The British 16 Air Assault Brigade prepares for a six month deployment to Helmand province. Preparations include not just familiarizing themselves with equipment, but also involve practicing joint patrols with Afghan troops and learning how to handle themselves in culturally defined communication, such as shuras, with tribal elders.
In the two weeks since Gen. David Petraeus was nominated to be the new commander for U.S. and NATO operations in Afghanistan, continuity has been the dominant theme in describing what his replacement of ousted Gen. Stanley McChrystal represents. After all, Petraeus literally wrote the book on U.S. counterinsurgency (COIN) doctrine, which McChrystal tried to apply in Afghanistan over the past year. It only seems natural to expect that Petraeus will maintain the same approach. But continuity is the worst possible option for U.S. efforts in Afghanistan, because it would mean maintaining a strategy that appears increasingly unlikely to succeed. […]
This World Politics Review special report is a compilation of WorldPolitics Review’s top articles on Afghanistan from December 2009 through June 2010. It is an update of WPR’s first special report on Afghanistan, published in 2009. Below are links to each article, which subscribers can read in full. Subscribers can also download a pdf version of the report. Not subscriber? Not a subscriber? Subscribe now, or try our subscription service for free.Obama’s Afghanistan Plan: The Partner ProblemBy Richard WeitzDecember 2, 2009 Navigating Roadblocks in AfghanistanBy Nikolas GvosdevDecember 4, 2009 Can Spheres of Influence Solve Afghanistan?By Nikolas GvosdevDecember 11, 2009 The […]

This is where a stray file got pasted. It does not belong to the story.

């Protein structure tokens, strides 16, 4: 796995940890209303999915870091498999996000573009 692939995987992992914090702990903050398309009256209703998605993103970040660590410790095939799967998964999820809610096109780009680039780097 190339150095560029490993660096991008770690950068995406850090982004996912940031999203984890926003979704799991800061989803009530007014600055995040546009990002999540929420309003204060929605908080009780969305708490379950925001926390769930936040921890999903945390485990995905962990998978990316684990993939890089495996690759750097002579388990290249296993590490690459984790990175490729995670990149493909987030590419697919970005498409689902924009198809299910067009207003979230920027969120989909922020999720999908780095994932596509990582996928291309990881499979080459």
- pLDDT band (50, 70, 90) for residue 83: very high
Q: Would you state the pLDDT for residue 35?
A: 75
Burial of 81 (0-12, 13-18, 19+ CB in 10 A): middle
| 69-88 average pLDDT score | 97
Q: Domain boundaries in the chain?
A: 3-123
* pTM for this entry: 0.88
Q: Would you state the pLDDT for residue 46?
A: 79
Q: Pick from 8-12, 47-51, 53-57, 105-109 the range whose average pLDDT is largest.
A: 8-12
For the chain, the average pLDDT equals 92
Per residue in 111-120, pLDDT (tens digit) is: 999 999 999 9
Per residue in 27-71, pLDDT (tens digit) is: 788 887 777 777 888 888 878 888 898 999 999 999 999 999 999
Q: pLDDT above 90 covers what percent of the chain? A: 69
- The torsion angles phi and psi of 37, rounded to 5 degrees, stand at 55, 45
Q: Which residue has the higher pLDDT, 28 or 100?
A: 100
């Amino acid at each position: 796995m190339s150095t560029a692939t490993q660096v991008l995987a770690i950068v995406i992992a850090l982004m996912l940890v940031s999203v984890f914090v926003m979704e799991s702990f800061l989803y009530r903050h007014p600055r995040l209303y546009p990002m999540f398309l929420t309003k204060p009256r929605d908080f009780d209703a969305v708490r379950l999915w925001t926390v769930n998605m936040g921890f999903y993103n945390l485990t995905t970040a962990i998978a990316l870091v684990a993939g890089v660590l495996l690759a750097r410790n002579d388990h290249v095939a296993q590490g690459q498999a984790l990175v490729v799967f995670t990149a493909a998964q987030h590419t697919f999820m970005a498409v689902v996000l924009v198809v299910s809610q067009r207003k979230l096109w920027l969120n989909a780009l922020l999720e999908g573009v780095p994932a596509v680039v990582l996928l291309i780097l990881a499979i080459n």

Hillary Clinton’s inclusion of Azerbaijan in her current round of diplomatic visits, which also included stops in Poland and Georgia, reflects the need to balance the U.S.-Russia reset with symbolic reassurances to regional friends and allies. In particular, the Georgia and Azerbaijan stopovers underline the increased importance to the U.S. of good bilateral relations in the Caucasus and Central Asia. The reason? The Northern Distribution Network, the supply lifeline to U.S. and other NATO forces in Afghanistan, comprehensively covered in this CSIS report (.pdf). Azerbaijan is part of NDN South, the back-up route that starts at the Black Sea port […]
Hard to argue with Harlan Ullman’s analysis of why we’re losing in Afghanistan. It’s a nice succinct summary of a lot of the arguments that many critics of the war, most notably Michael Cohen, have been making. And Rory Stewart is worth reading, too, just to remember the conceptual blinders we’ve collectively got on. I happen to remain relatively optimistic about the political feasability of redefining victory and drawing down the Afghanistan war at or near the July 2011 target date. But I think the subsequent transition will not be toward a full withdrawal, but more toward the kind of […]
Invariably, when Americans engage in nation-building exercises around the world, it is hoped that the indigenous leaders that emerge will be cast in the mold of our Founding Fathers. We are looking for the George Washingtons, Thomas Jeffersons, and James Madisons to take the helm in places like Iraq and Afghanistan. Inevitably, we are disappointed when the Hamid Karzais, the Nouri al-Malikis and others fail to live up to these often-idealized expectations. Maybe it would help if we substituted a different set of historical names and role models. If we can’t get a Washington in Afghanistan, we’d certainly do well […]